Fig. 6

The effect of FDG-PET on diagnostic accuracy and confidence. This flow diagram shows the overall effect of FDG-PET studies on diagnosis and diagnostic confidence. Outcomes that are beneficial are indicated in bold text. Outcomes that are either neutral or beneficial are shaded. Appropriate changes in diagnosis after adding FDG-PET were significantly greater than inappropriate changes (P = 0.0001).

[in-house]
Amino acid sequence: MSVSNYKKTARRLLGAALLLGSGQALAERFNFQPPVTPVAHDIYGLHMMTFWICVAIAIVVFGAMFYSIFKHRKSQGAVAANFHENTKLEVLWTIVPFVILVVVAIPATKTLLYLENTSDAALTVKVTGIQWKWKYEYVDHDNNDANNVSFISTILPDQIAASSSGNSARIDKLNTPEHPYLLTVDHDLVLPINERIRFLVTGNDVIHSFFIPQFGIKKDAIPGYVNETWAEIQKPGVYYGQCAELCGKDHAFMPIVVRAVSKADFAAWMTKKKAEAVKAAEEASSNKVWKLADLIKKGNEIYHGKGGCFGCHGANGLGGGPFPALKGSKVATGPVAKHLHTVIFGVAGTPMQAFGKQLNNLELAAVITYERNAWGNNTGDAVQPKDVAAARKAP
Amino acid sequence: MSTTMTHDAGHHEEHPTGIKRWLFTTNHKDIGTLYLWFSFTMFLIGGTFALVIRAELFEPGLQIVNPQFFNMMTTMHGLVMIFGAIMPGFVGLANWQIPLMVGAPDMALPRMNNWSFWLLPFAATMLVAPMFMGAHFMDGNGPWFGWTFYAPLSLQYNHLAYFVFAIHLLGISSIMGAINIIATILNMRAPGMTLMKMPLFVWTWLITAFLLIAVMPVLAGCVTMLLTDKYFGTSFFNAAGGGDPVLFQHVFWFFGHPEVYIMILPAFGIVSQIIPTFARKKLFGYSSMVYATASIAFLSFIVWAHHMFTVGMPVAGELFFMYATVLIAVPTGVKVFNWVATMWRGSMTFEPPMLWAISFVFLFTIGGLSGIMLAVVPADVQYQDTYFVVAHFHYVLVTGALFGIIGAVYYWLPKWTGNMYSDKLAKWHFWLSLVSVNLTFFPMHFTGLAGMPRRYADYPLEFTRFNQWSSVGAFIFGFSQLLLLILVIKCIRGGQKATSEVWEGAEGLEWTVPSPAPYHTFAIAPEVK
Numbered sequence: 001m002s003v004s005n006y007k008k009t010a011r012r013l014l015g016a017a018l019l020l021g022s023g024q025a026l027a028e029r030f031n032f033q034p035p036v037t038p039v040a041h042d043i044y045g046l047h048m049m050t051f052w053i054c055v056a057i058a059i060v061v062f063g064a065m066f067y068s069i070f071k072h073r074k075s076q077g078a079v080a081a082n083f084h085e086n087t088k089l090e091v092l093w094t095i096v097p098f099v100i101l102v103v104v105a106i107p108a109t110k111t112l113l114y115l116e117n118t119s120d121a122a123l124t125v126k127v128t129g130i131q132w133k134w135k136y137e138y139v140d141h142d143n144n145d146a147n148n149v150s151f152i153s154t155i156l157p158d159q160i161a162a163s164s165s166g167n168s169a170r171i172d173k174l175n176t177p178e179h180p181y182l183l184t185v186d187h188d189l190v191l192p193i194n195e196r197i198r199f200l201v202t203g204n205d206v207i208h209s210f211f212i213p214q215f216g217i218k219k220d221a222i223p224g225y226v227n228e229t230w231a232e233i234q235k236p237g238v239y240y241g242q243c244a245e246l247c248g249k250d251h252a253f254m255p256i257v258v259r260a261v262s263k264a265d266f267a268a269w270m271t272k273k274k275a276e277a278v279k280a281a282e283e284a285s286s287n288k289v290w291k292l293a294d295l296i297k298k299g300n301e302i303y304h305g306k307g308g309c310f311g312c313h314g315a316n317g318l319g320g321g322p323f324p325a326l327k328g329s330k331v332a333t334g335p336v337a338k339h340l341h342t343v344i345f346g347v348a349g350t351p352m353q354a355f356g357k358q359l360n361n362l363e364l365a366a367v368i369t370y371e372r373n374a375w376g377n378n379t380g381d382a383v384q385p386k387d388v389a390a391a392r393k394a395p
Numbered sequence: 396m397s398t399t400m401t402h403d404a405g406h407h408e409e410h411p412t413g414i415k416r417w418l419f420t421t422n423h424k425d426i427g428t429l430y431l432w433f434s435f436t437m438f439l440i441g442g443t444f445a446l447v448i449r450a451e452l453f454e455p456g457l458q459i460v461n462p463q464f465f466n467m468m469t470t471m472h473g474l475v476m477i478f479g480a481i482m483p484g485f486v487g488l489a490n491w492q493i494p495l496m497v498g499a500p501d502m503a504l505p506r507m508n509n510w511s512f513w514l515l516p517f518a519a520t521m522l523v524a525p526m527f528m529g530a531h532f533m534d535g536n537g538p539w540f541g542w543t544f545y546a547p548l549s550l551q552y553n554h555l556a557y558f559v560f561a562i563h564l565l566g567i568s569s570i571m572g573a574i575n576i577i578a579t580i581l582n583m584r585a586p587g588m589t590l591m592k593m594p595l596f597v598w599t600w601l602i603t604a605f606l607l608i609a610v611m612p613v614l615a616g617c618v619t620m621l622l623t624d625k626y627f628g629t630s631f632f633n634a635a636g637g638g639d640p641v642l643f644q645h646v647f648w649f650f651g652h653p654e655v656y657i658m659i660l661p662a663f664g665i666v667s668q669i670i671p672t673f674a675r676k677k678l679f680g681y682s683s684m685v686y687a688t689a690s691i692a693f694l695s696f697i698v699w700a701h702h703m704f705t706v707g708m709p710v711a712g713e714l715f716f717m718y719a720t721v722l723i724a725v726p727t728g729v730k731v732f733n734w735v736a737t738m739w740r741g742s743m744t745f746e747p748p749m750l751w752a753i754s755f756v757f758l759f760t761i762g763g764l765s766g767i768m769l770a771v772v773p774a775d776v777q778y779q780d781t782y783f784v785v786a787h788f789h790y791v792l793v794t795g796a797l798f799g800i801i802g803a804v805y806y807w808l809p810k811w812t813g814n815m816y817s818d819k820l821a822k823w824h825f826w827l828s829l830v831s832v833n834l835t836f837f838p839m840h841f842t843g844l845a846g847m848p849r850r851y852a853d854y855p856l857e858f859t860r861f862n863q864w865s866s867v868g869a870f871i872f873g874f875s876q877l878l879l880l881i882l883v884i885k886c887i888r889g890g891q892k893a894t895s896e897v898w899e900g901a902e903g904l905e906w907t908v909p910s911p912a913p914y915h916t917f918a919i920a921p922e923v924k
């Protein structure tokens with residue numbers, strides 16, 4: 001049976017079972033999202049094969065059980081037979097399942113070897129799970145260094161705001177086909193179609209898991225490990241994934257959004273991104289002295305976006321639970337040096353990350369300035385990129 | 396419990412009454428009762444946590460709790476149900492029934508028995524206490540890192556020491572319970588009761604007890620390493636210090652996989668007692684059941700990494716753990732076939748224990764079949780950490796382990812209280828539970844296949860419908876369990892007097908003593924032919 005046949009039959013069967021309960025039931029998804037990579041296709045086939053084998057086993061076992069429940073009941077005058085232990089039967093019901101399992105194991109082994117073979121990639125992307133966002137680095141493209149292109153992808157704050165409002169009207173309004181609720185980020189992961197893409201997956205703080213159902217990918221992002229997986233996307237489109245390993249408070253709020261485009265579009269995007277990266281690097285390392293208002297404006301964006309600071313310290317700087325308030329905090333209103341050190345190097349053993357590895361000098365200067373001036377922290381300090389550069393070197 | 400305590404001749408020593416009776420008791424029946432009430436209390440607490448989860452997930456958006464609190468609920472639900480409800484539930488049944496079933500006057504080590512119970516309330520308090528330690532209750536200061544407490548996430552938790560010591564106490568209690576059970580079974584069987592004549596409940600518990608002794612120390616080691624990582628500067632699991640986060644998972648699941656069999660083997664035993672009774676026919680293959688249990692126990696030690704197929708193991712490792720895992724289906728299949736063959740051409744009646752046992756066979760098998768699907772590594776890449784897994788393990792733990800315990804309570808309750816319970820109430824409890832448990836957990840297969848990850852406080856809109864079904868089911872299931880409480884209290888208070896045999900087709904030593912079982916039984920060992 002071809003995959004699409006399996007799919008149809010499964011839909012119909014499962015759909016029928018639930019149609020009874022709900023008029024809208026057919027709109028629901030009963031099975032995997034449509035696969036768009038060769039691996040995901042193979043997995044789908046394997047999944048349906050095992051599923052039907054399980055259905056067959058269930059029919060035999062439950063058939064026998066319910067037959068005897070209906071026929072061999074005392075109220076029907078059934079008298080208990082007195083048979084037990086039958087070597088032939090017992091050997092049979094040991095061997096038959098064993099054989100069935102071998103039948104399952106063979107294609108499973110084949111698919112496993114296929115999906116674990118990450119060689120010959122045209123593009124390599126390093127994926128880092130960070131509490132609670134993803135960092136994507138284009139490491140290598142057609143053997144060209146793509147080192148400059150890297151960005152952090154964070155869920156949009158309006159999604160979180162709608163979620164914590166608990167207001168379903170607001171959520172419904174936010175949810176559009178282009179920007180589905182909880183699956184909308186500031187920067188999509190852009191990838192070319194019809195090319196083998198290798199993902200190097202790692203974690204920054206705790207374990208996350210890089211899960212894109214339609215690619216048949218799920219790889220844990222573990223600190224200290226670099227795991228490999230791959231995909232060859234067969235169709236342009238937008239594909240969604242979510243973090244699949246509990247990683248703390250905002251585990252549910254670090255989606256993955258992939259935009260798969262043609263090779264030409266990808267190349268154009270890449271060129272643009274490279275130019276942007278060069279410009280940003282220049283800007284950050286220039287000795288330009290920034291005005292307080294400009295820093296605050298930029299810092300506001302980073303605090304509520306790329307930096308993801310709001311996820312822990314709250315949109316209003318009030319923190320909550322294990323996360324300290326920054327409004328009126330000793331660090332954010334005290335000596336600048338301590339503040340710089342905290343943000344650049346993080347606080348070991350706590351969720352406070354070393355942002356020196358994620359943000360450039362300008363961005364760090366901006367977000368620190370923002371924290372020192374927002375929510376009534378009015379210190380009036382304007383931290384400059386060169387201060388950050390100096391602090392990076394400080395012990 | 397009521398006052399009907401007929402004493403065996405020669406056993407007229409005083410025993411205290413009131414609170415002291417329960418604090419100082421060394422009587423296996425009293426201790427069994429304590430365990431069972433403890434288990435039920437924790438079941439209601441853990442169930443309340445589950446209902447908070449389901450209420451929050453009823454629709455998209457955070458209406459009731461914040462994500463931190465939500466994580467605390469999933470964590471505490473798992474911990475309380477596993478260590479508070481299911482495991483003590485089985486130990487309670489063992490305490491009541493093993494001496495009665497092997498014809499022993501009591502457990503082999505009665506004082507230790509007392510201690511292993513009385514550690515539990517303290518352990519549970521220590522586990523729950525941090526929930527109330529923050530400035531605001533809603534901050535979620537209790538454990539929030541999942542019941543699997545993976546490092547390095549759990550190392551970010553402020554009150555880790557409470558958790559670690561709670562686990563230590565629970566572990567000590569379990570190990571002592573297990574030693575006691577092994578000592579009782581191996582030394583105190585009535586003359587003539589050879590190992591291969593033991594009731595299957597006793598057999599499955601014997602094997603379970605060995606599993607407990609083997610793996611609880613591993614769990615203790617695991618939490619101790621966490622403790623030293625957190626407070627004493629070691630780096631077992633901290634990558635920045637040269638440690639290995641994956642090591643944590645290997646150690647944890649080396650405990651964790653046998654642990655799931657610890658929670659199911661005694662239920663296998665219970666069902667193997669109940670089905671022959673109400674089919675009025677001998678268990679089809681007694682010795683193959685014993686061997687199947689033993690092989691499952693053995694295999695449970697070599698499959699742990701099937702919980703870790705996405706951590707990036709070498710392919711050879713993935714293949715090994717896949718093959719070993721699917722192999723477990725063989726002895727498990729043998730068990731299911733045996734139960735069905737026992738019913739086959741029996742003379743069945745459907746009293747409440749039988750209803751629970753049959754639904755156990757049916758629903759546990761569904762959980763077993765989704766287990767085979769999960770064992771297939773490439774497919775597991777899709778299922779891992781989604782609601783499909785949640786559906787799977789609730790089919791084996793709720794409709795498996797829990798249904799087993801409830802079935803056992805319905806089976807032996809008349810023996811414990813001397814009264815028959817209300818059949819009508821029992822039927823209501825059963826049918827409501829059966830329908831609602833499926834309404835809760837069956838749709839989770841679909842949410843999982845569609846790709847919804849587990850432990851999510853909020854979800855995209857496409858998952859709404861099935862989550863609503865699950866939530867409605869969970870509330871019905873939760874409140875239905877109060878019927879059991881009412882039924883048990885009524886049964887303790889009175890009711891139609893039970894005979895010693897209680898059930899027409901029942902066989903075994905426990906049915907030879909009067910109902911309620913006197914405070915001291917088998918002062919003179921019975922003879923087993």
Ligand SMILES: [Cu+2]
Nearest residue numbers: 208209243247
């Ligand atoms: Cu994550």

This study shows that FDG-PET is a reliable and valid diagnostic test that can aid physicians in making the sometimes difficult clinical distinction between AD and FTD. We believe brain imaging is most helpful in answering specific, narrowly framed, clinically relevant diagnostic questions. Consequently, this study was designed to evaluate only whether FDG-PET helped distinguish AD and FTD, which characteristically have sharply contrasting patterns of glucose hypometabolism. Our findings should encourage subsequent studies addressing how imaging practically can assist in answering the many other difficult diagnostic and management questions that arise during dementia evaluations.